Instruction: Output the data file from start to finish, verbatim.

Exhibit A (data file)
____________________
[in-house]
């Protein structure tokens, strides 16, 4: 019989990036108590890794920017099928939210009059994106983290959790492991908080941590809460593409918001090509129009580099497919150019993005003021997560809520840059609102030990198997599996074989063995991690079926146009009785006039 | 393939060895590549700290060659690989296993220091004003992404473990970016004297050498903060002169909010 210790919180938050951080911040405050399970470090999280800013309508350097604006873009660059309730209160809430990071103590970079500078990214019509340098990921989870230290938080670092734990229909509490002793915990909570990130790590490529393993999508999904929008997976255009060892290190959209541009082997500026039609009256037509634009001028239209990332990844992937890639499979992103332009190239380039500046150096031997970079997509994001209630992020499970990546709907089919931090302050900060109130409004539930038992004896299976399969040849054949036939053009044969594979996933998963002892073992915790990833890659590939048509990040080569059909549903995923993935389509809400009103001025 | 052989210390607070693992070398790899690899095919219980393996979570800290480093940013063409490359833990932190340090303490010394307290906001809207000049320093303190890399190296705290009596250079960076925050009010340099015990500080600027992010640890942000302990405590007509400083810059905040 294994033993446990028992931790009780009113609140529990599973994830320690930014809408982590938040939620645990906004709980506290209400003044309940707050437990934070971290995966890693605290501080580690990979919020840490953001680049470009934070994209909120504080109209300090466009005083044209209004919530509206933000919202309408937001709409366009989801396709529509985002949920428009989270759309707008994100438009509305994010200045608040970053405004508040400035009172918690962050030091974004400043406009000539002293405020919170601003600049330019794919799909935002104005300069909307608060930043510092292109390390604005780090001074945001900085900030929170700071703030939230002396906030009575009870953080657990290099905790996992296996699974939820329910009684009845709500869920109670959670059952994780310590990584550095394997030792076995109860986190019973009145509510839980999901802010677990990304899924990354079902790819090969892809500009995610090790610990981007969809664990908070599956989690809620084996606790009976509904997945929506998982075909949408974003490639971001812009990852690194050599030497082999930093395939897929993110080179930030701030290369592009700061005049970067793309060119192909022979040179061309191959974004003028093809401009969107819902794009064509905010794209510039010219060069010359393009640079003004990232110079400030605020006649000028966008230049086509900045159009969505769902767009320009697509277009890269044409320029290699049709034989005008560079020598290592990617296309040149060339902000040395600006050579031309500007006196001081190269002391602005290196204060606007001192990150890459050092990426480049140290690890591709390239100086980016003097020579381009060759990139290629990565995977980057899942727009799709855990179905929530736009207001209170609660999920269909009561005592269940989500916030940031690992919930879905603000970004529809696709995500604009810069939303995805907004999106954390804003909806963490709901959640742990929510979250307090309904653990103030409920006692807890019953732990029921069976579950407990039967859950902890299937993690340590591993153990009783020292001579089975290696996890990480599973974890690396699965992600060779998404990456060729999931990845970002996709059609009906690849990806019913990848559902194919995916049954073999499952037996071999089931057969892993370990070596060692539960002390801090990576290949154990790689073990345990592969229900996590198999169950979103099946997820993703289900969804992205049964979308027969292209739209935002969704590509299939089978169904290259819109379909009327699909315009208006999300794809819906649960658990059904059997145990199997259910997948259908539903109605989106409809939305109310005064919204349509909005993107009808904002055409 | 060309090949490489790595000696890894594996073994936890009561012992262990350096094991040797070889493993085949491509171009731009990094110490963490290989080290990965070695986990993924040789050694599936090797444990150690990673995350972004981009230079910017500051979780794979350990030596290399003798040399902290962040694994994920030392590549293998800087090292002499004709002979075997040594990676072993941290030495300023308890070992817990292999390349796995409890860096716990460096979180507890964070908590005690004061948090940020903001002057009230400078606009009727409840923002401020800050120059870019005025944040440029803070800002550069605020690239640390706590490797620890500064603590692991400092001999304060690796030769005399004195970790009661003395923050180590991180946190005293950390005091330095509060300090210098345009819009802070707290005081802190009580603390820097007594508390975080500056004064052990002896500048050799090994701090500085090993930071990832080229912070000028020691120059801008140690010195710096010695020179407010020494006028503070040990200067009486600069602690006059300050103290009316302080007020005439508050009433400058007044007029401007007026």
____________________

[in-house]
């Protein structure tokens, strides 16, 4: 019989990036108590890794920017099928939210009059994106983290959790492991908080941590809460593409918001090509129009580099497919150019993005003021997560809520840059609102030990198997599996074989063995991690079926146009009785006039 | 393939060895590549700290060659690989296993220091004003992404473990970016004297050498903060002169909010 210790919180938050951080911040405050399970470090999280800013309508350097604006873009660059309730209160809430990071103590970079500078990214019509340098990921989870230290938080670092734990229909509490002793915990909570990130790590490529393993999508999904929008997976255009060892290190959209541009082997500026039609009256037509634009001028239209990332990844992937890639499979992103332009190239380039500046150096031997970079997509994001209630992020499970990546709907089919931090302050900060109130409004539930038992004896299976399969040849054949036939053009044969594979996933998963002892073992915790990833890659590939048509990040080569059909549903995923993935389509809400009103001025 | 052989210390607070693992070398790899690899095919219980393996979570800290480093940013063409490359833990932190340090303490010394307290906001809207000049320093303190890399190296705290009596250079960076925050009010340099015990500080600027992010640890942000302990405590007509400083810059905040 294994033993446990028992931790009780009113609140529990599973994830320690930014809408982590938040939620645990906004709980506290209400003044309940707050437990934070971290995966890693605290501080580690990979919020840490953001680049470009934070994209909120504080109209300090466009005083044209209004919530509206933000919202309408937001709409366009989801396709529509985002949920428009989270759309707008994100438009509305994010200045608040970053405004508040400035009172918690962050030091974004400043406009000539002293405020919170601003600049330019794919799909935002104005300069909307608060930043510092292109390390604005780090001074945001900085900030929170700071703030939230002396906030009575009870953080657990290099905790996992296996699974939820329910009684009845709500869920109670959670059952994780310590990584550095394997030792076995109860986190019973009145509510839980999901802010677990990304899924990354079902790819090969892809500009995610090790610990981007969809664990908070599956989690809620084996606790009976509904997945929506998982075909949408974003490639971001812009990852690194050599030497082999930093395939897929993110080179930030701030290369592009700061005049970067793309060119192909022979040179061309191959974004003028093809401009969107819902794009064509905010794209510039010219060069010359393009640079003004990232110079400030605020006649000028966008230049086509900045159009969505769902767009320009697509277009890269044409320029290699049709034989005008560079020598290592990617296309040149060339902000040395600006050579031309500007006196001081190269002391602005290196204060606007001192990150890459050092990426480049140290690890591709390239100086980016003097020579381009060759990139290629990565995977980057899942727009799709855990179905929530736009207001209170609660999920269909009561005592269940989500916030940031690992919930879905603000970004529809696709995500604009810069939303995805907004999106954390804003909806963490709901959640742990929510979250307090309904653990103030409920006692807890019953732990029921069976579950407990039967859950902890299937993690340590591993153990009783020292001579089975290696996890990480599973974890690396699965992600060779998404990456060729999931990845970002996709059609009906690849990806019913990848559902194919995916049954073999499952037996071999089931057969892993370990070596060692539960002390801090990576290949154990790689073990345990592969229900996590198999169950979103099946997820993703289900969804992205049964979308027969292209739209935002969704590509299939089978169904290259819109379909009327699909315009208006999300794809819906649960658990059904059997145990199997259910997948259908539903109605989106409809939305109310005064919204349509909005993107009808904002055409 | 060309090949490489790595000696890894594996073994936890009561012992262990350096094991040797070889493993085949491509171009731009990094110490963490290989080290990965070695986990993924040789050694599936090797444990150690990673995350972004981009230079910017500051979780794979350990030596290399003798040399902290962040694994994920030392590549293998800087090292002499004709002979075997040594990676072993941290030495300023308890070992817990292999390349796995409890860096716990460096979180507890964070908590005690004061948090940020903001002057009230400078606009009727409840923002401020800050120059870019005025944040440029803070800002550069605020690239640390706590490797620890500064603590692991400092001999304060690796030769005399004195970790009661003395923050180590991180946190005293950390005091330095509060300090210098345009819009802070707290005081802190009580603390820097007594508390975080500056004064052990002896500048050799090994701090500085090993930071990832080229912070000028020691120059801008140690010195710096010695020179407010020494006028503070040990200067009486600069602690006059300050103290009316302080007020005439508050009433400058007044007029401007007026």